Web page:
A little further down, you get the crux of the divide:
A Farmers spokeswoman said the new system will include about 60% of the company’s U.S. workforce of about 22,000 employees. She pointed out that the announced policy wouldn’t go into effect until September, giving workers three months to adjust and make arrangements.
Farmers believes that as business conditions change, “so must business approaches,” the spokeswoman said. Employees said the shift is unfair because they made life decisions based on statements made by the company that the remote policy would be permanent.
The WSJ piece also says that Farmers had allegedly sold some of its leased office spaces to cut costs from moving remote. That was not an unusual move. I’ve chatted with friends in the insurance and legal sector, and they all saw the same thing. Corporate America sold off land or got out of leases they no longer needed due to employees shifting to remote work. Many companies sold off half or more of their office space.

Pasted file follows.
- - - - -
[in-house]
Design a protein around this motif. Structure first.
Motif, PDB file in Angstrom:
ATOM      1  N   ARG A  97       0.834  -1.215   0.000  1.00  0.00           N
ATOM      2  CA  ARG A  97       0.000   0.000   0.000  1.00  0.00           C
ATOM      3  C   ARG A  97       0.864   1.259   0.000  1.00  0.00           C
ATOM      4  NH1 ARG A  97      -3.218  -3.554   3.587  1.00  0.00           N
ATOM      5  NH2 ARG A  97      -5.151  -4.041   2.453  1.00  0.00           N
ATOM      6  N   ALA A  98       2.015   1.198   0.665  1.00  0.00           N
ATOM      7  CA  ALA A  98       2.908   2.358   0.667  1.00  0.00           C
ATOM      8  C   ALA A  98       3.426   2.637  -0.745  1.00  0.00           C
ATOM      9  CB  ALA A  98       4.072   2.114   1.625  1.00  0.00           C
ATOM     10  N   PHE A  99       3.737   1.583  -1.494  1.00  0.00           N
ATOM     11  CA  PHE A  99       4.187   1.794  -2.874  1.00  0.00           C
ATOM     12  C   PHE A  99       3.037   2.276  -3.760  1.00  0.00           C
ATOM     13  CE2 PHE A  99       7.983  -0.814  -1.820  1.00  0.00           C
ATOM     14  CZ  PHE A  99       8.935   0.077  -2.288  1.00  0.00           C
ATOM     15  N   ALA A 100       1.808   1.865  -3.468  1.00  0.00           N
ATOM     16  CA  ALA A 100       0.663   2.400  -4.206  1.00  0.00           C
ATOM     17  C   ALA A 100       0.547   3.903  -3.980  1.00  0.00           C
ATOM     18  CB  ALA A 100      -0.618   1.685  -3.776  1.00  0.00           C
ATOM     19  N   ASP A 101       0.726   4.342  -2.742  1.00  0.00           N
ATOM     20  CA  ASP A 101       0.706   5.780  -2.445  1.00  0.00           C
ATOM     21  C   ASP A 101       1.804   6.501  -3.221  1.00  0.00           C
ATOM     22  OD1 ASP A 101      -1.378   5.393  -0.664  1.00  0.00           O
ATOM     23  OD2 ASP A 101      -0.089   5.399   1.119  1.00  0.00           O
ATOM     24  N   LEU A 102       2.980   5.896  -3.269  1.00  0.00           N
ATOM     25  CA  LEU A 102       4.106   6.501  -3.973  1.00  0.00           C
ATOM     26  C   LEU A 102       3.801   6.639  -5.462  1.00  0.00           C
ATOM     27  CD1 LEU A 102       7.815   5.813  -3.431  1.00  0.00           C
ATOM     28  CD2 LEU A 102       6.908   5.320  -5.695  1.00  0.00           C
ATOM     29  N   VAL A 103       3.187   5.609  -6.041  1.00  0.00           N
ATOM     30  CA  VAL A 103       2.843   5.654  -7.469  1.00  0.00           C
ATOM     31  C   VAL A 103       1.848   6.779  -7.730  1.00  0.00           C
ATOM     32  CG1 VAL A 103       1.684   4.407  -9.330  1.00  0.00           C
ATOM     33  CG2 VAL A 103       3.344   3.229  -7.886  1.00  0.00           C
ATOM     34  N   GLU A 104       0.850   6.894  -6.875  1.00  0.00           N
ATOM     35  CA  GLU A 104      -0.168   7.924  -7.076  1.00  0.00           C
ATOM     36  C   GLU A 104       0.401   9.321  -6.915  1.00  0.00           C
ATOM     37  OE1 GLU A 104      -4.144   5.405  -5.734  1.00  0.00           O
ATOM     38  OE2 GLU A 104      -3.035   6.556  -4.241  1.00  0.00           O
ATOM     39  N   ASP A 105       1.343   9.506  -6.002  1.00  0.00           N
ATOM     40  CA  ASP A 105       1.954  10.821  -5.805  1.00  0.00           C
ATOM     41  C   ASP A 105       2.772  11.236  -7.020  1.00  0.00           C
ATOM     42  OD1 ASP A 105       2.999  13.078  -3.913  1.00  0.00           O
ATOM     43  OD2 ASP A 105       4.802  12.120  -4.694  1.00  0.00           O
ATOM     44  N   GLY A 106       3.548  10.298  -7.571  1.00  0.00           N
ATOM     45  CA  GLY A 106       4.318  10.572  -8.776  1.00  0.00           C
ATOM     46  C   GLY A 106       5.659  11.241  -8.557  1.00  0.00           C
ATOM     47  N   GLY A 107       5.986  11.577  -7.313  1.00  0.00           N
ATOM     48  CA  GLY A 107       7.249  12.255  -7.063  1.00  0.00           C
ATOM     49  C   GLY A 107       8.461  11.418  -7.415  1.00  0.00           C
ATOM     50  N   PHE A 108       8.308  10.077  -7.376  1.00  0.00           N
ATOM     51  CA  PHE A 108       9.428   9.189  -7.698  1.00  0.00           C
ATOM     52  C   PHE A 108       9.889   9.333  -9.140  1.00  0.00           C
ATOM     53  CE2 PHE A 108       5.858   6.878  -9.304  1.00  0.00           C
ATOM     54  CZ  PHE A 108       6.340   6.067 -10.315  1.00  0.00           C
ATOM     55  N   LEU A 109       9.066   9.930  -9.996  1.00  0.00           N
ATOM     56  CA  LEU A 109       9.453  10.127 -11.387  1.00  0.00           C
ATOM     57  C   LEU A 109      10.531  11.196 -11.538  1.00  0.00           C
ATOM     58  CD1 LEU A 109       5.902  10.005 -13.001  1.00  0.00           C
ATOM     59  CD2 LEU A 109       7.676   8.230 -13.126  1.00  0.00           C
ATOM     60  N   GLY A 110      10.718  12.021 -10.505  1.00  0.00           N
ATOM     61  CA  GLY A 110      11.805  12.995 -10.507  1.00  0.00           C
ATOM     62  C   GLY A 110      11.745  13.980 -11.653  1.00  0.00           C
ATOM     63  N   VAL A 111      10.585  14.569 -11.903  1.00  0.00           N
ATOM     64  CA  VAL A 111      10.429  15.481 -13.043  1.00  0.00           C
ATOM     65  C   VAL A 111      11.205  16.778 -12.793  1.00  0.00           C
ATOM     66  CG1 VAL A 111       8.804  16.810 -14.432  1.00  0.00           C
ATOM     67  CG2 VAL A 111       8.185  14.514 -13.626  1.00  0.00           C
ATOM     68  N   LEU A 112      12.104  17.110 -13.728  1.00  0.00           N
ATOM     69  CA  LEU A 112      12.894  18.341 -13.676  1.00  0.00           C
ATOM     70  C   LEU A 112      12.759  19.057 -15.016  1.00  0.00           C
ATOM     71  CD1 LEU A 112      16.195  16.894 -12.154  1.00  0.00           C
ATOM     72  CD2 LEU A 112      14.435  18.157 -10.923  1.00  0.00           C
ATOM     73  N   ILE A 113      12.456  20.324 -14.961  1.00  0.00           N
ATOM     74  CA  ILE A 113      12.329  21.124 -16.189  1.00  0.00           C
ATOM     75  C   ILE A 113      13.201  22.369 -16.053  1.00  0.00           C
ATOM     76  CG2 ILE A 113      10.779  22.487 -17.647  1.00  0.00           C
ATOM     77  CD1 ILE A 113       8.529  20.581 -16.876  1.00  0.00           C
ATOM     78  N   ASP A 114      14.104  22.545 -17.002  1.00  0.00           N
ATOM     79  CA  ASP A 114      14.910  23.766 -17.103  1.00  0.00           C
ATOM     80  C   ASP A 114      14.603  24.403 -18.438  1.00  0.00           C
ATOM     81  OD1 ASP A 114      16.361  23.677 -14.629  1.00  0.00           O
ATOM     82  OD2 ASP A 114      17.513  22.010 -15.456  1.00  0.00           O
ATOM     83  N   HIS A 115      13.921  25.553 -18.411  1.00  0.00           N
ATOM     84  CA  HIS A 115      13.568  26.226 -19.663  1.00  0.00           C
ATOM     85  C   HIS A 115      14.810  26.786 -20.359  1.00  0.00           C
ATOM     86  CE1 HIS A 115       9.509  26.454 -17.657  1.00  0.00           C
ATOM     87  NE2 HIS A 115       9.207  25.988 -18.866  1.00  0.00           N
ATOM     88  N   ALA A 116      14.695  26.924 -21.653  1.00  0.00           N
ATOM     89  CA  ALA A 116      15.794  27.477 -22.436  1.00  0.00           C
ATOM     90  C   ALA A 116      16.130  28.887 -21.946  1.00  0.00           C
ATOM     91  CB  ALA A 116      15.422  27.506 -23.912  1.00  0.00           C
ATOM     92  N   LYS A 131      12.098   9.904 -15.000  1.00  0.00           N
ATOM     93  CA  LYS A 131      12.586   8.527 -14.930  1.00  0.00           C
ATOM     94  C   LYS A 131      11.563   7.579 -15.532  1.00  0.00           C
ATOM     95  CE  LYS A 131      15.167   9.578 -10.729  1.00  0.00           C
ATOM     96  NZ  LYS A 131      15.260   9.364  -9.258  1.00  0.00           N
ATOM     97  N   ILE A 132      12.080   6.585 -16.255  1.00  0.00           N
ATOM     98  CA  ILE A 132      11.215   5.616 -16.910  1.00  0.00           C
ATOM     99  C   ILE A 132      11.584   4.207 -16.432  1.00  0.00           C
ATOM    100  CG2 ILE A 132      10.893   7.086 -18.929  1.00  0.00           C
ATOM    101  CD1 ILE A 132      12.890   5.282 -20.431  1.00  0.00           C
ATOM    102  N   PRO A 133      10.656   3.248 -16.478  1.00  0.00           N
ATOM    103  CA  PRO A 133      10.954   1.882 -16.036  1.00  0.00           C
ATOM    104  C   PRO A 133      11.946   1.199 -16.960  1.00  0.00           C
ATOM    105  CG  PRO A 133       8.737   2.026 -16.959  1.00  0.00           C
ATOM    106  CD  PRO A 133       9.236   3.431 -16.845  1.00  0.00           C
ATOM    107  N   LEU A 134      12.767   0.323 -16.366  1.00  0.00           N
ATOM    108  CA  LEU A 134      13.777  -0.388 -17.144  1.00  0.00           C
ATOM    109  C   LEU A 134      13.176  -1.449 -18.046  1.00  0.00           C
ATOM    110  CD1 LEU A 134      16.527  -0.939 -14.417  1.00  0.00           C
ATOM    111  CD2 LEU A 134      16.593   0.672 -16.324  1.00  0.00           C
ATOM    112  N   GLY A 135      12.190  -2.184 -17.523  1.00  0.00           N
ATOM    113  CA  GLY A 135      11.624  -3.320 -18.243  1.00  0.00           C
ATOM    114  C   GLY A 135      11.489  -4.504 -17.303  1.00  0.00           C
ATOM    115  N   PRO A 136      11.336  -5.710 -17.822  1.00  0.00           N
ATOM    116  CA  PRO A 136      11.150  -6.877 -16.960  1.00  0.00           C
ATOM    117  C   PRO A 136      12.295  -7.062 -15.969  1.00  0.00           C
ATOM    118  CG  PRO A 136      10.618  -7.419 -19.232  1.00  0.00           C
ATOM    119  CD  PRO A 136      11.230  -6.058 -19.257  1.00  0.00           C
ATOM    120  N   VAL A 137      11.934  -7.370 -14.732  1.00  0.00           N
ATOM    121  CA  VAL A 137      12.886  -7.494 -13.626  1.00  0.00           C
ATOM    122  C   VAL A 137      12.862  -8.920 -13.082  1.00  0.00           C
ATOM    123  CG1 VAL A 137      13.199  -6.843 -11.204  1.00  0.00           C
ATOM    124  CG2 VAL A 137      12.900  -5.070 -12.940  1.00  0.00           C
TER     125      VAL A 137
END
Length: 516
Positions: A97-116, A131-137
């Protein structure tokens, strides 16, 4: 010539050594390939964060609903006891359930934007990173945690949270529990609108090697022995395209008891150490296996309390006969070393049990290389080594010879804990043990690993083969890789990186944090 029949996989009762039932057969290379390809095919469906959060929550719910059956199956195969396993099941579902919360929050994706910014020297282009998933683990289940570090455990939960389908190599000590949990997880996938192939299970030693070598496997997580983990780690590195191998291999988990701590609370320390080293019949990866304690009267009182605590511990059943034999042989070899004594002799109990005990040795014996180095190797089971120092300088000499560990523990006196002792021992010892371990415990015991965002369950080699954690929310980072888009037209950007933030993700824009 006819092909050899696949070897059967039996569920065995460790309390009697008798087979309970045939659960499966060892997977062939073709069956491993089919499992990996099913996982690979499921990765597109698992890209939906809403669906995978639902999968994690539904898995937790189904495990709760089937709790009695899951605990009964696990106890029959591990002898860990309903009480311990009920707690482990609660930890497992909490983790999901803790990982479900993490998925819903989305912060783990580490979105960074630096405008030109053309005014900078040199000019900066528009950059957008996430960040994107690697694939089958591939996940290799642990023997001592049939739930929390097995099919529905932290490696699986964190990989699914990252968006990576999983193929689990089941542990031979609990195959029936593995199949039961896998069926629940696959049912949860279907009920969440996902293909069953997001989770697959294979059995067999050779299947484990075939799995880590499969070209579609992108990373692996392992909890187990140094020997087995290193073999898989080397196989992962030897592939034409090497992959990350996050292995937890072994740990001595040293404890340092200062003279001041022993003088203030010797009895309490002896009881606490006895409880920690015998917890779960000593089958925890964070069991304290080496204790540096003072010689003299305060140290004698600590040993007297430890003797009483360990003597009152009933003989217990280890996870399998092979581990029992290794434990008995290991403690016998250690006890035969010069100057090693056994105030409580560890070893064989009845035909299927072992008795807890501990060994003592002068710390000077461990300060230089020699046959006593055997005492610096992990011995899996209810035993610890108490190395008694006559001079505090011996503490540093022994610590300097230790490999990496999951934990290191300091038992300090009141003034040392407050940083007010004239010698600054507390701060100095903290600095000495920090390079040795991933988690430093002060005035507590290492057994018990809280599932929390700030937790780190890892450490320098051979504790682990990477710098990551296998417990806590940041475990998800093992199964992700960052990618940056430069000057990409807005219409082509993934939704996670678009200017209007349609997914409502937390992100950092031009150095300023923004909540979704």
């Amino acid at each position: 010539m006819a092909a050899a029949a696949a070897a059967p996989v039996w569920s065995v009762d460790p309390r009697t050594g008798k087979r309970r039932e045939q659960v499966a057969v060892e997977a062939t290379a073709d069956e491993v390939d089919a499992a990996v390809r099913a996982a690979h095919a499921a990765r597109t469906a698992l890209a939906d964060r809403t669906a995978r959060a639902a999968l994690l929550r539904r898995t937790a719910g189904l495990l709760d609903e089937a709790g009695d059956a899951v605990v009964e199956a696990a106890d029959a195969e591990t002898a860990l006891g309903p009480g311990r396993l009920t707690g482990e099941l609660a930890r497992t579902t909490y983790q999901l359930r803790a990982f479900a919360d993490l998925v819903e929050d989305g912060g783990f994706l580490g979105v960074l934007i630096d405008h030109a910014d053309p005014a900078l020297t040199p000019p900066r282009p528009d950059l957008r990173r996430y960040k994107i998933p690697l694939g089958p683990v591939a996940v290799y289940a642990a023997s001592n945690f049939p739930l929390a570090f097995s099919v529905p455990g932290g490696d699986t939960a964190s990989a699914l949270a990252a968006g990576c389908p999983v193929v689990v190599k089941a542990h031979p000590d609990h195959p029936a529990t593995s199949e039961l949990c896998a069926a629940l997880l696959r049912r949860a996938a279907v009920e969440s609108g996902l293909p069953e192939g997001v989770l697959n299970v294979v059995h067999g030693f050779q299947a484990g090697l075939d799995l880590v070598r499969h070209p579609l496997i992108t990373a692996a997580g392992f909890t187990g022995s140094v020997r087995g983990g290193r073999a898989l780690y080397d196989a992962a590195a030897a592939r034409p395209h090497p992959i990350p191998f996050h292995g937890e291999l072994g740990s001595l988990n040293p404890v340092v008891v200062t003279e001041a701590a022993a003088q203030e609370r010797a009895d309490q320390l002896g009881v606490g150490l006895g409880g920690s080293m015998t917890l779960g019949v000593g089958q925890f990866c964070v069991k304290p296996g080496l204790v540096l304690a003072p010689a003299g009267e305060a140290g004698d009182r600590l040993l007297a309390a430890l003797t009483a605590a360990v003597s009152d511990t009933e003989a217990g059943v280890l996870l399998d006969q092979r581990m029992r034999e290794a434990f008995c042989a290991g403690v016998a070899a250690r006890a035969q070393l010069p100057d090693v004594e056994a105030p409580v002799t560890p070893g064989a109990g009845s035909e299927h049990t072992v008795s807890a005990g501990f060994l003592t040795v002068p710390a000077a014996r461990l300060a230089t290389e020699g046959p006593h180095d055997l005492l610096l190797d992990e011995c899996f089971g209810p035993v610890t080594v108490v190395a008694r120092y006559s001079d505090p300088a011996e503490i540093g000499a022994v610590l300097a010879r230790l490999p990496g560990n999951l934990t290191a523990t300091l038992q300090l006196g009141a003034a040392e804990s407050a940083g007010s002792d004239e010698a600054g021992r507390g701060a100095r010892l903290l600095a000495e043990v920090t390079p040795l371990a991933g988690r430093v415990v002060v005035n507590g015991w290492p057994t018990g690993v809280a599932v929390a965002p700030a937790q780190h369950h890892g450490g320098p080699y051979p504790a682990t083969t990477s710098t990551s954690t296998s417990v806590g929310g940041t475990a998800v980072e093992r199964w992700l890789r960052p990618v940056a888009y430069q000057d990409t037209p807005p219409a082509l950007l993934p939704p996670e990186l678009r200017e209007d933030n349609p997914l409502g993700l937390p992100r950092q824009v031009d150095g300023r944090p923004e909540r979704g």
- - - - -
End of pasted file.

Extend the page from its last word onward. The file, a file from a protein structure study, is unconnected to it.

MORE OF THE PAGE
Companies pursuing “return to office” policies have hit a stall in the interim: office occupant rates still sit around 50% nationwide. That is far too low to consider an office an expense worth keeping. That means you have to do one of two things: 1) Get rid of it, or 2) Bring people back.
At the core of many comments is whether the prepandemic status quo is worth saving.